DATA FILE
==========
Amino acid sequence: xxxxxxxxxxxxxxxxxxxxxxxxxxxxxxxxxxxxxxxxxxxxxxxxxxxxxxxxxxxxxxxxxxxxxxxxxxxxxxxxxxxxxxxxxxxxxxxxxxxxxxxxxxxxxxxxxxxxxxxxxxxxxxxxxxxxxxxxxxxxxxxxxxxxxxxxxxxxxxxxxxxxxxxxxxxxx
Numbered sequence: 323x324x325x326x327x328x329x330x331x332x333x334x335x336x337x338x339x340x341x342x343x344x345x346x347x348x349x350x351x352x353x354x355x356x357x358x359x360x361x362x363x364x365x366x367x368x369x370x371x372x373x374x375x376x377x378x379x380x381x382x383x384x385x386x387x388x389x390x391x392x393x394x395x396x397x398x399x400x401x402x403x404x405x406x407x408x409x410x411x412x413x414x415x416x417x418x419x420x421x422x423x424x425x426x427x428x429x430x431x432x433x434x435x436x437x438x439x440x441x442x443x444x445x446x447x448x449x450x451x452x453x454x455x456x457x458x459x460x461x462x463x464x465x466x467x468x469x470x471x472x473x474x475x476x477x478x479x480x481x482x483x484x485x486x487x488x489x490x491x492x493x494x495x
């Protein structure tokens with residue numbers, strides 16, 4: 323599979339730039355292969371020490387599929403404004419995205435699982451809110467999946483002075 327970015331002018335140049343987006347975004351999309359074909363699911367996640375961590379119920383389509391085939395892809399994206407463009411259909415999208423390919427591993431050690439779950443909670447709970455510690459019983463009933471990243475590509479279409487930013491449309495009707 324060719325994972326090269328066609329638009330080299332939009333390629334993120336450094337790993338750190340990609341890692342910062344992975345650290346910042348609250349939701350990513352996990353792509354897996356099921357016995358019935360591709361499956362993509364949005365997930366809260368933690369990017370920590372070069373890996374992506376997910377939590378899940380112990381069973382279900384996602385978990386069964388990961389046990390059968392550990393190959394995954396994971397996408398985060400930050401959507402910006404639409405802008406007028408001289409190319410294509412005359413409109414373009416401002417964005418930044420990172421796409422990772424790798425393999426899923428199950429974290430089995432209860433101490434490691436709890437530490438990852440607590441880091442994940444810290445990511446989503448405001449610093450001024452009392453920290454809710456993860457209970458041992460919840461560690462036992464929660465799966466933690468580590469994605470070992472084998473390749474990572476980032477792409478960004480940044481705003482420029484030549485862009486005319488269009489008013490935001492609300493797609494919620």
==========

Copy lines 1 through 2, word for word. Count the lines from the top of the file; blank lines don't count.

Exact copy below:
Amino acid sequence: xxxxxxxxxxxxxxxxxxxxxxxxxxxxxxxxxxxxxxxxxxxxxxxxxxxxxxxxxxxxxxxxxxxxxxxxxxxxxxxxxxxxxxxxxxxxxxxxxxxxxxxxxxxxxxxxxxxxxxxxxxxxxxxxxxxxxxxxxxxxxxxxxxxxxxxxxxxxxxxxxxxxxxxxxxxxx
Numbered sequence: 323x324x325x326x327x328x329x330x331x332x333x334x335x336x337x338x339x340x341x342x343x344x345x346x347x348x349x350x351x352x353x354x355x356x357x358x359x360x361x362x363x364x365x366x367x368x369x370x371x372x373x374x375x376x377x378x379x380x381x382x383x384x385x386x387x388x389x390x391x392x393x394x395x396x397x398x399x400x401x402x403x404x405x406x407x408x409x410x411x412x413x414x415x416x417x418x419x420x421x422x423x424x425x426x427x428x429x430x431x432x433x434x435x436x437x438x439x440x441x442x443x444x445x446x447x448x449x450x451x452x453x454x455x456x457x458x459x460x461x462x463x464x465x466x467x468x469x470x471x472x473x474x475x476x477x478x479x480x481x482x483x484x485x486x487x488x489x490x491x492x493x494x495x